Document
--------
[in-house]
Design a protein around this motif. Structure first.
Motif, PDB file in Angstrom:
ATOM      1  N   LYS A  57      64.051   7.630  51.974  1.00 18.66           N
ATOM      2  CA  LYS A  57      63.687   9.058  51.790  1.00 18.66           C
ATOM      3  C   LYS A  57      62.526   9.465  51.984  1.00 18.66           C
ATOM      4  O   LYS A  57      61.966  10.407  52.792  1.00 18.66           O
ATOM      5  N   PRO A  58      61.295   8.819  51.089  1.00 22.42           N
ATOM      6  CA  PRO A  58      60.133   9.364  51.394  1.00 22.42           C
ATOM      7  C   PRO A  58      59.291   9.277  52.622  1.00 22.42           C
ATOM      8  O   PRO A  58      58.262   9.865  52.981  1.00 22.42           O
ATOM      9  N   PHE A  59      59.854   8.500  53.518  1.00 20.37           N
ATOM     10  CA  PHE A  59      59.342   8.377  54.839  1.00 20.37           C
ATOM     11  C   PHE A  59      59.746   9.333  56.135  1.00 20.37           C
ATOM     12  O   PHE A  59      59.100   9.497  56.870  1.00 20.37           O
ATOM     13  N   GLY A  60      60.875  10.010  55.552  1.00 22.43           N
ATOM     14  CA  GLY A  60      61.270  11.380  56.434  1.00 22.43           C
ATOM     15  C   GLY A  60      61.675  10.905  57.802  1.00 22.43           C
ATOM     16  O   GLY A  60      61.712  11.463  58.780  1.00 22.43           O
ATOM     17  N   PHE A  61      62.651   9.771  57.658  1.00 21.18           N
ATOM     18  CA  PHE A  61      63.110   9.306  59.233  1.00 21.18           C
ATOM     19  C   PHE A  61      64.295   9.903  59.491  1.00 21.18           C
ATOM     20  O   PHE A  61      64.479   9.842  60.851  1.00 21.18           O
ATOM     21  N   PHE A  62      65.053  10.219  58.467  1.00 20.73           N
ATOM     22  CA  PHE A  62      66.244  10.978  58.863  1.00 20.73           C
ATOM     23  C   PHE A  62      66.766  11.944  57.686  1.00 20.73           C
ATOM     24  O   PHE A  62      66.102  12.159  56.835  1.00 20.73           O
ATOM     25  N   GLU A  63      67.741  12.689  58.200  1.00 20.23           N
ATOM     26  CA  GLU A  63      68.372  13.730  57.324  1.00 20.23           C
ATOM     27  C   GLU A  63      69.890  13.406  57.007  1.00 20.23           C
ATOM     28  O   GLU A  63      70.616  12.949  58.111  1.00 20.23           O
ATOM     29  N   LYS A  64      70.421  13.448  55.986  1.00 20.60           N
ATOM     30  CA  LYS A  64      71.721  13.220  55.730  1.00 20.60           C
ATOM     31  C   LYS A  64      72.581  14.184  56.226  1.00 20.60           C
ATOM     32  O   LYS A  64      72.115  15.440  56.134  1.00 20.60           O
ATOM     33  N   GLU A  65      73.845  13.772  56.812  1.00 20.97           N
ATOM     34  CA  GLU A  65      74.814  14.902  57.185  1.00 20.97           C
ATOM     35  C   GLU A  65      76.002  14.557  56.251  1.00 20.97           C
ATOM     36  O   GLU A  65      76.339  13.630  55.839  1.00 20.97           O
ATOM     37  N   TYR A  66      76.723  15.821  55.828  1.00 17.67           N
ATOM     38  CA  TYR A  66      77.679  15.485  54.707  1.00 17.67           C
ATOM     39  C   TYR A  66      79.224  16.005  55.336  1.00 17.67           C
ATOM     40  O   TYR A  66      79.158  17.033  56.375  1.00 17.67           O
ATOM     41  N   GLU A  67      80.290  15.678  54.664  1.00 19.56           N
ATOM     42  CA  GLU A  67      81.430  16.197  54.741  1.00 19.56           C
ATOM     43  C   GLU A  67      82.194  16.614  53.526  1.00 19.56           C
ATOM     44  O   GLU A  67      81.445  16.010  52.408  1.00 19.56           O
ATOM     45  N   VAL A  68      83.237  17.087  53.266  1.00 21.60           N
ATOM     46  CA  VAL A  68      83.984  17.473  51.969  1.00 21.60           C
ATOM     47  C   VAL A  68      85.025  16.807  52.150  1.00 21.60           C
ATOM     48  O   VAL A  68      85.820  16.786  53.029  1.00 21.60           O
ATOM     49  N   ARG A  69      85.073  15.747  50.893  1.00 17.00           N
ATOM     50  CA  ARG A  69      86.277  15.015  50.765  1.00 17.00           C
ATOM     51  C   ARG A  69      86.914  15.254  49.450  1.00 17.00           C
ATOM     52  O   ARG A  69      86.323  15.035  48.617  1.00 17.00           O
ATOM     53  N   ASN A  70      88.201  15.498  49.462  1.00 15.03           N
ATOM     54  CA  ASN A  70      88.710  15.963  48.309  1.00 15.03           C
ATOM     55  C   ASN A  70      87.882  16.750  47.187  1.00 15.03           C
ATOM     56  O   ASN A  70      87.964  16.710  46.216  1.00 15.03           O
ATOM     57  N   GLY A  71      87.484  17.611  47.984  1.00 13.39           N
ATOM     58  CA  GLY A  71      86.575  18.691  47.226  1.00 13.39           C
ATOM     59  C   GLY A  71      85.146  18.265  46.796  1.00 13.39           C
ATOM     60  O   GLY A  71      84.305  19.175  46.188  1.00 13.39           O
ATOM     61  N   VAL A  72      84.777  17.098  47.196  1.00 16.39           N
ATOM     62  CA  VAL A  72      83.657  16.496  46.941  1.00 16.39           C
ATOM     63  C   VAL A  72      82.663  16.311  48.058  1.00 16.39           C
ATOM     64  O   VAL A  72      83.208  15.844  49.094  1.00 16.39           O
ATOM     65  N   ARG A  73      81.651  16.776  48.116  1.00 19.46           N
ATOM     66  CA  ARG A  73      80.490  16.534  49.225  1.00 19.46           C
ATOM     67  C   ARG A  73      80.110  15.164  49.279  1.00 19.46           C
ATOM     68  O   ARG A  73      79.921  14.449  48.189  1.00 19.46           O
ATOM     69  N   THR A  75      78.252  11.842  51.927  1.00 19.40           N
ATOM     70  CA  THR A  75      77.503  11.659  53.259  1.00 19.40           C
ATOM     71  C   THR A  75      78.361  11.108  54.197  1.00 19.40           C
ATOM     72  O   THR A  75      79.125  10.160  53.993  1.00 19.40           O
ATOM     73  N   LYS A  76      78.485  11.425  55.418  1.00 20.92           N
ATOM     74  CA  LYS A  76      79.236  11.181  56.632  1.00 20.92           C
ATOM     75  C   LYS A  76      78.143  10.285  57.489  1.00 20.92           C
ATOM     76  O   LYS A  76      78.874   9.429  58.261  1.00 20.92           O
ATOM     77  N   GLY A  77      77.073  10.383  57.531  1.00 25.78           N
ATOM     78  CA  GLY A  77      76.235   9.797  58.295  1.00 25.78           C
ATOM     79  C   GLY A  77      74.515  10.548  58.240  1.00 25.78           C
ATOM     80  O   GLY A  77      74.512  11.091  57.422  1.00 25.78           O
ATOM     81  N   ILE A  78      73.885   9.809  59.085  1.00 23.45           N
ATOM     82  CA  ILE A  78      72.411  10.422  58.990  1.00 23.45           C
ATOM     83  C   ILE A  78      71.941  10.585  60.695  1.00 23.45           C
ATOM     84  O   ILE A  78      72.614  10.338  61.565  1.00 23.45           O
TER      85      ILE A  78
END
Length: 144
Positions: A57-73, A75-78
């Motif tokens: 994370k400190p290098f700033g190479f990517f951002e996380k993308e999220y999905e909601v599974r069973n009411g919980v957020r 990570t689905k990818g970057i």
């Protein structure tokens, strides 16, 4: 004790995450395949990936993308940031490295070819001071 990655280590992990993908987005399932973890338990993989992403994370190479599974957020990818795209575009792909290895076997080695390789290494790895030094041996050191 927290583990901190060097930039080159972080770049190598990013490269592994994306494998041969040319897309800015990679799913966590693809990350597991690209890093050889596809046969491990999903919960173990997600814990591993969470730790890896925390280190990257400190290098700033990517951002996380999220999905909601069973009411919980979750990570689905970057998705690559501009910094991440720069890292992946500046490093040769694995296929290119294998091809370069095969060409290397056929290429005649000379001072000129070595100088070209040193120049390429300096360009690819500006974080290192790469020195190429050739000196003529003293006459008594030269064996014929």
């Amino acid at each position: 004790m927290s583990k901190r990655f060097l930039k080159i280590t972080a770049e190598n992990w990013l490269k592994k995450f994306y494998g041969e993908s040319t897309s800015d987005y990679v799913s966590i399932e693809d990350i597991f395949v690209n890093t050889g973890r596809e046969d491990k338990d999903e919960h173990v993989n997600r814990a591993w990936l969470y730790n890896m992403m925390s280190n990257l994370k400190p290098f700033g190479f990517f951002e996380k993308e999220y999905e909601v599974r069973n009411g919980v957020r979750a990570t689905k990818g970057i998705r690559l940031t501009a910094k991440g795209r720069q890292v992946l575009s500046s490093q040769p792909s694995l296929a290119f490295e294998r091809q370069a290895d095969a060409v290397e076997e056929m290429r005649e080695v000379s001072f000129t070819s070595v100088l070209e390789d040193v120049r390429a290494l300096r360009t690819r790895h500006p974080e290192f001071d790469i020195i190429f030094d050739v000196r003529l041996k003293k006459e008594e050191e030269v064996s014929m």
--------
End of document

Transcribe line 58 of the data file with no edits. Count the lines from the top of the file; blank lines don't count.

ATOM     55  C   ASN A  70      87.882  16.750  47.187  1.00 15.03           C